"Yo Srin, what's that for?" - The ceiling track hoist

Welcome to the second edition of "Yo Srin, what's that for?". This week, I'll be explaining the purpose of a ceiling track hoist.

If you're new to this column, to explain some basic background; I was inspired to start it after a recent trip to Singapore where I showed a good friend my hotel room to explain how an adapted room was different to usual rooms in a hotel. She pointed at my hoist and said "Yo Srin, what's that for?". I realised that if a good friend who knew me for many years had no idea, it was likely many others had no idea what these vital bits of equipment or building adaptations were for.

Last time I covered the roll-in shower; and this week I'll be covering the ceiling track hoist, an important device that I am heavily dependent on.

1. What is it?

A ceiling track hoist is a type of hoist that's anchored and fixed to the ceiling of a room. For those unfamiliar, a hoist is a mechanical device to lift somebody, which saves any care assistant from having to manually lift someone.

Here's a video of a ceiling track hoist in action:

As you can see from the video, the user sits in a harness called a sling, and is lifted, usually from bed to wheelchair (or shower chair) and vice versa.

The hoist is anchored to the ceiling and travels along a fixed track - hence its called a ceiling track hoist. Hoists come in many forms and a ceiling track hoist is just one example.

The design of the track also comes in several permutations. The track can travel between two rooms and around a bathroom or can be part of a "H-frame" that allows navigation around an entire room.

Single track around / between rooms

H-frame track

On the second image, the tracks are arranged across one another allowing the hoist to be moved around the entire room.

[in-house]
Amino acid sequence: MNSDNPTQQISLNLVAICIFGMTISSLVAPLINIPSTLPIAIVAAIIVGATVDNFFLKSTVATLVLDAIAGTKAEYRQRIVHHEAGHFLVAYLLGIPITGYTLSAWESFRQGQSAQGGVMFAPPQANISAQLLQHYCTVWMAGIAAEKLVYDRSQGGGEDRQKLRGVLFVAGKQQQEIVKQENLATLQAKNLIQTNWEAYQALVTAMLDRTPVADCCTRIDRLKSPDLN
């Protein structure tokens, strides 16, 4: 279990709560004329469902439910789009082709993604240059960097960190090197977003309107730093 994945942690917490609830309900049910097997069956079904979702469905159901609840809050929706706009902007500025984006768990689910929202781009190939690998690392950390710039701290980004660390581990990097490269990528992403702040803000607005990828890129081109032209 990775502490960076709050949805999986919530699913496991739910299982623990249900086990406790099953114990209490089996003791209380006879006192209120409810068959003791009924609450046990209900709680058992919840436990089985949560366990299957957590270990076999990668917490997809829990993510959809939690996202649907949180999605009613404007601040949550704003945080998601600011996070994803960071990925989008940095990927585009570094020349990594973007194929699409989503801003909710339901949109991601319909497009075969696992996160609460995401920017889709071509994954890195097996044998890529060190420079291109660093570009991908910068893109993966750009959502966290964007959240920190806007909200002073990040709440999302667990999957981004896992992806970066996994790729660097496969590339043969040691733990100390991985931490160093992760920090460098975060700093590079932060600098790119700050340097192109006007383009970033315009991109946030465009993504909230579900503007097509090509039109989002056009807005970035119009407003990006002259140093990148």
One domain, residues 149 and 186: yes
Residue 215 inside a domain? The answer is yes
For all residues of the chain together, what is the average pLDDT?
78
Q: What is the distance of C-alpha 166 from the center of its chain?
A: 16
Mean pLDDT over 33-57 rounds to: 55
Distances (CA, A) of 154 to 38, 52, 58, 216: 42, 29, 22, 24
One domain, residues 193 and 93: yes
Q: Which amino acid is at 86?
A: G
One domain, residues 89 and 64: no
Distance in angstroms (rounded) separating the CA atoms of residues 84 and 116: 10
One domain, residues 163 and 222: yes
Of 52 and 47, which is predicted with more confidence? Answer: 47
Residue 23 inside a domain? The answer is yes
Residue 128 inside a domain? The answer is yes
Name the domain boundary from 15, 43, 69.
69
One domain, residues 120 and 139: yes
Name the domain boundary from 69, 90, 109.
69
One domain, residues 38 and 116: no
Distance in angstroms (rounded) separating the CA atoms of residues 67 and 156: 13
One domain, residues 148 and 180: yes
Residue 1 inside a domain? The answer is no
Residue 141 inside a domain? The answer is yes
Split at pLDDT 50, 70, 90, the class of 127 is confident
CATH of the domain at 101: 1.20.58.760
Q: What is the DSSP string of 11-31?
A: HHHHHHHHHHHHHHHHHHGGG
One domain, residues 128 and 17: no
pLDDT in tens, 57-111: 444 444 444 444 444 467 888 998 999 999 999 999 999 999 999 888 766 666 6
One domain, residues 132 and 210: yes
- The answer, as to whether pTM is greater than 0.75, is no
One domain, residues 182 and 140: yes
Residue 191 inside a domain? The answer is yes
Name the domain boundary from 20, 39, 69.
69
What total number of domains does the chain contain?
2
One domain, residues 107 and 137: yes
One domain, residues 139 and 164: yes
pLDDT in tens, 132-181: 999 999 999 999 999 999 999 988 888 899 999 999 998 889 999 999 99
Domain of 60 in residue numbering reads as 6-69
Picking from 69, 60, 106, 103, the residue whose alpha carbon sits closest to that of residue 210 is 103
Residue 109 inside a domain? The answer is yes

2. Why is it needed?

Folks like me cannot be easily lifted by one person. I'm a heavy guy and if a care assistant was to manually lift in and out of bed everyday, it wouldn't be long before they broke their back!

Ceiling tracks hoists in particular save a care assistant a considerable amount of physical energy in comparison to wheeled or mobile hoists; that have to be manually pushed from point A to point B. Hoists travel along a track that's controlled by remote control.

Moreover, when travelling, staying at a property with a ceiling hoist in place means that the traveller doesn't need to bring their own hoist (which can be a real pain).

3. What makes a good ceiling track hoist system?

The example in the above video is good as:

  • There is plenty of space for the hoist to be affixed.

  • The track system goes from bedroom to bathroom or is on an H-frame. This gives flexibility and allows the user position bed and wheelchair wherever they want.

  • Sturdy walls give the hoist good anchoring for safety.

  • The lifting unit is remote controlled and allows the user to manage the lift, should they wish.

4. Does everyone requiring an adapted room need a ceiling track hoist?

No. Not at all. The ceiling track hoist is usually on the higher end of adaptations and only a relatively small number of properties will have one. However, at Accomable, we have one of the largest collections of properties with ceiling hoists.

Such devices aren't needed if you can manually transfer; and for many who can't transfer, a mobile hoist will suffice. However, for users of hoists several times a day, the ceiling track hoist is the most convenient and labour saving means of transfer.

If you'd like more information on what makes a good ceiling track hoist system, feel free to get in touch with us at hello@accomable.com.

Much love,
Srin

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